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Leo & Grace Faust


 

Leo & Grace Faust
Endowment for Research in Retinal Disease
                                                          
Fund # 662135

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According to one of her best friends, Grace Faust derived her greatest pleasure and happiness from achieving for Ohio State. “Whatever she set out to do she got done,” assured Nancy Faulker. “Grace Heck Faust was an Ohio State alumna of the first order.”

Grace earned a bachelor’s degree from Ohio State in 1928, followed by a law degree in 1930. She was the university’s first female law school graduate. Leo was also a Buckeye, having learned a law degree in 1926. She and Leo knew each other professionally during the 1930’s when she served as Ohio’s first female prosecutor and he an attorney. According to the Faulkers, their friend never considered herself a feminist or a crusader, but rather a woman who considered her own personal path and interests and met all colleagues on an equal footing.

Grace and Leo did not become romantically involved until later in life, after the passing of Leo’s first wife. Grace was 73 and Leo was 77 on their wedding day in the spring of 1977.

“Because they married later, they had a good indication that they might not get to celebrate their silver anniversary,” Nancy explained. “Instead they celebrated each month with what they called a ‘monthiversary.’ They celebrated their 100th monthiversary with a reception at the Springfield Country Club. They were extremely devoted to each other.”

Through their careful estate planning, it’s easy to see that the couple was devoted to Ohio State as well. Upon their deaths, a planned gift of more than $500,000 from their estate established endowments in the areas of education and human ecology, ophthalmology, cardiology, psychiatry, cancer and, of course, law. Grace passed away in 1994, followed by Leo in 1996.

Nancy describes Grace’s interest in the arts as intense. “In her will, Grace left to the Ohio State’s human ecology area nearly all of her personal possessions, furniture, Oriental and Native American rugs, antique quilts, coverlets, jewelry, and her collection of hats, ephemera and photos,” she said. “She hoped they would be used the university in exhibits or sold by Ohio State to benefit the various colleges in which Grace had an interest.”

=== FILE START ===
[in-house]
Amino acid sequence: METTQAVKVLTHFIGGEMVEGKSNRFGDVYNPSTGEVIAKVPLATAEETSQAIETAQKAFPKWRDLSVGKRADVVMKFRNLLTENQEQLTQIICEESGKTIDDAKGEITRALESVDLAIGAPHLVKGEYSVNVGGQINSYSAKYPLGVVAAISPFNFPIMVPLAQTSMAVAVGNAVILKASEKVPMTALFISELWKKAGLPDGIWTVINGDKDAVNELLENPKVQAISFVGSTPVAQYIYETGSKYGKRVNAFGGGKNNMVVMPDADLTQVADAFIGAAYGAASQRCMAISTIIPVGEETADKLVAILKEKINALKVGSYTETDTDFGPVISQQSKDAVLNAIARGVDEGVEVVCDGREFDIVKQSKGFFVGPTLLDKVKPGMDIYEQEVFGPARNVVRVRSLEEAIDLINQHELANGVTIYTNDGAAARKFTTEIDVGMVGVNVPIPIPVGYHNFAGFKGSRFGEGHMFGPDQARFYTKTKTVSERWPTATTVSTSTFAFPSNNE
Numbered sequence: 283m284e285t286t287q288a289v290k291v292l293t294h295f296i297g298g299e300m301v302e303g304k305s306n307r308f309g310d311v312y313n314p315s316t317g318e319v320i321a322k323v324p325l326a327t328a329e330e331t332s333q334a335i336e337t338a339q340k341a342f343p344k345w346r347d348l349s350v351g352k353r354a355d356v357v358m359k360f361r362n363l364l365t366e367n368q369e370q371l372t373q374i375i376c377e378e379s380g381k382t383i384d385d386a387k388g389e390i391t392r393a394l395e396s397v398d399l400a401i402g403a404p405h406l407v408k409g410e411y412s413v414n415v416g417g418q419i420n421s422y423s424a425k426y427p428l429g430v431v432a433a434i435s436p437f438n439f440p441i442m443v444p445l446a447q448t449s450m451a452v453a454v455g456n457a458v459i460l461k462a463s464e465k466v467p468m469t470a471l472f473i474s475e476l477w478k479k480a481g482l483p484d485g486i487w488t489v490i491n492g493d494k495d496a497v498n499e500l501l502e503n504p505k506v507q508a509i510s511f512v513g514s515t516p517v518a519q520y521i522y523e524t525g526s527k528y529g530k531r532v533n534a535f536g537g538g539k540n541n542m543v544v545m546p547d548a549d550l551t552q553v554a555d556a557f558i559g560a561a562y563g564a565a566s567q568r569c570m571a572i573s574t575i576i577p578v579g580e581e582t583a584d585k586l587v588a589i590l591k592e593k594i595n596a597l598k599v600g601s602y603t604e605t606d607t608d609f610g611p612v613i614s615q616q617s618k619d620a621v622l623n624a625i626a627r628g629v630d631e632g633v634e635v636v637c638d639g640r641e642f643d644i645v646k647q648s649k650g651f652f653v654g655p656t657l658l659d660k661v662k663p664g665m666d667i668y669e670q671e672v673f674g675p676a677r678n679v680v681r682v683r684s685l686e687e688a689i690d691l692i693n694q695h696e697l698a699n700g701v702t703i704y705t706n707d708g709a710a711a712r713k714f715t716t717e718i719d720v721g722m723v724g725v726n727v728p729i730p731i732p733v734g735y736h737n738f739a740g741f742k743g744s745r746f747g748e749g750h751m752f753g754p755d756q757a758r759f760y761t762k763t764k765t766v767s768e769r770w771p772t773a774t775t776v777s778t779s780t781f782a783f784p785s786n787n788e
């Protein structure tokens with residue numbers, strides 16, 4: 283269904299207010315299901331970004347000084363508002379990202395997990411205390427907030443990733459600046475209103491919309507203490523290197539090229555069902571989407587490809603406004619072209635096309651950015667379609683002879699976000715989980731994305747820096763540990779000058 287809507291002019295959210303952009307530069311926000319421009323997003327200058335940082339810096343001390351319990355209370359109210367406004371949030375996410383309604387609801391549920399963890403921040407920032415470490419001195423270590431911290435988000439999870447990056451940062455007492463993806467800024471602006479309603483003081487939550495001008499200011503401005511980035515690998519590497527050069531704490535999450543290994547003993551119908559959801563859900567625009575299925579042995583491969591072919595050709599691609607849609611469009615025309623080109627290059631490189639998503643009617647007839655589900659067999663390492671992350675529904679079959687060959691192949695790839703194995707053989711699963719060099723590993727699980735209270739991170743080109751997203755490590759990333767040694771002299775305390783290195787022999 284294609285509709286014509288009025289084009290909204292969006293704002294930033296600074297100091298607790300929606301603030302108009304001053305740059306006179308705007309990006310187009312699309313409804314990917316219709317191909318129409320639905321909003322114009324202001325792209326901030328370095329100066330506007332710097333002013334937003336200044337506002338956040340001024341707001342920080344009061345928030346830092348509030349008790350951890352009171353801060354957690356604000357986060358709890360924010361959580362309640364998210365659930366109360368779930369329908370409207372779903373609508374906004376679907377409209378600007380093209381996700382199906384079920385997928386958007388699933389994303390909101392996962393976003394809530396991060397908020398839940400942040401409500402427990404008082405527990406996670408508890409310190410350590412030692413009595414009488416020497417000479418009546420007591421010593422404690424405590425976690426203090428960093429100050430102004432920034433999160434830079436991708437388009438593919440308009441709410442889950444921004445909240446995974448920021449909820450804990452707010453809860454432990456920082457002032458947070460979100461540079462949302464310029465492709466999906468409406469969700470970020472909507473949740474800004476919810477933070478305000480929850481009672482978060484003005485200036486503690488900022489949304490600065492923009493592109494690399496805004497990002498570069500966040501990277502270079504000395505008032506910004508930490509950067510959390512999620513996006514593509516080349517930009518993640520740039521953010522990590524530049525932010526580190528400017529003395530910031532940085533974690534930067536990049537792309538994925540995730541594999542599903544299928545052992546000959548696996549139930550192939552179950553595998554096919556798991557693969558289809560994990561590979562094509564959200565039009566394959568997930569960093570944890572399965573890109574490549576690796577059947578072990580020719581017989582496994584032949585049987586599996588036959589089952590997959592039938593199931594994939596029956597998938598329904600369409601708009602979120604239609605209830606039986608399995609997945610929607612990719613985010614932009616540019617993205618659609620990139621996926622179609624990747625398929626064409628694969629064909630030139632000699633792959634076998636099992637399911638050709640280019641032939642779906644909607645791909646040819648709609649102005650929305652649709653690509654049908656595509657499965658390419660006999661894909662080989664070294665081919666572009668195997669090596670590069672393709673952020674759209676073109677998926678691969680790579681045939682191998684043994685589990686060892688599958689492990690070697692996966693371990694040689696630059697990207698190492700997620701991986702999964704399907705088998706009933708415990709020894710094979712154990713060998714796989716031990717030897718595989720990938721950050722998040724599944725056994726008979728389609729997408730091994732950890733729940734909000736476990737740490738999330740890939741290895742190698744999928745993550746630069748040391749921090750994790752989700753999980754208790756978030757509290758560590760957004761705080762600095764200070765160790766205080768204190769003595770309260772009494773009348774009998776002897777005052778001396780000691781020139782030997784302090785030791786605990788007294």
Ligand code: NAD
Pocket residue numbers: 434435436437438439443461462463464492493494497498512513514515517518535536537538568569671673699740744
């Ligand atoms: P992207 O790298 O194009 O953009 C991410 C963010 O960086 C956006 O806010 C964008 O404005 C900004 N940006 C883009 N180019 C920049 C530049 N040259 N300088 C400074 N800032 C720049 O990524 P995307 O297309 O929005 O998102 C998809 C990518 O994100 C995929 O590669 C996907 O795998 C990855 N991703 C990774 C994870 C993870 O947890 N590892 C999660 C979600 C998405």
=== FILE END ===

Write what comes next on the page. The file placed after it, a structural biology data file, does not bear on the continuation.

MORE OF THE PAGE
Described by her friend as a fashion stylist with a passion for hats, Grace was intrigued with Ohio State’s Costume Collection. When she decided to hold a fundraiser to benefit this area, she held the event at the Springfield Country Club, used her own collection of hats as decoration, and even asked Charles Kleibacker, Ohio State’s then designer-and-residence, to speak and share slides of donated clothing.
The Fausts were interested in contributing to Ophthalmology in honor of Faulkers’ late son, J. Andrew Fulker, who was also a partner in the law firm. Andy suffered from a retinal disease. This endowed fund is used for research into the causes, preventions and cures of retinal diseases.

Dr. Warren Harding, a personal friend of the Fausts, was the inspiration for creating a fund to benefit the field of psychiatry. According to the Fulkners, the Fausts “checked in” to Harding Hospital for two weeks once or twice for evaluation and were great supporters of Harding’s work.  

The couple also established endowments to support research in the areas of cardiology and cancer and made additional funding available for the Heck-Faust Memorial Chair Constitutional Law.

After a lifetime of pioneering a career in law–including serving as a judge in Urbana–and sharing her devotion to Ohio State, Grace received a distinguished Alumni Award from the university. In her 80’s at the time, Grace leaned over to her friend Nancy before taking the stage and said in her characteristic style, “It’s about damn time.”

Leo continued to go to the office every day, even well past 92 years of age. His years as an attorney were spent in general practice handling estate planning and litigation and representing insurance companies.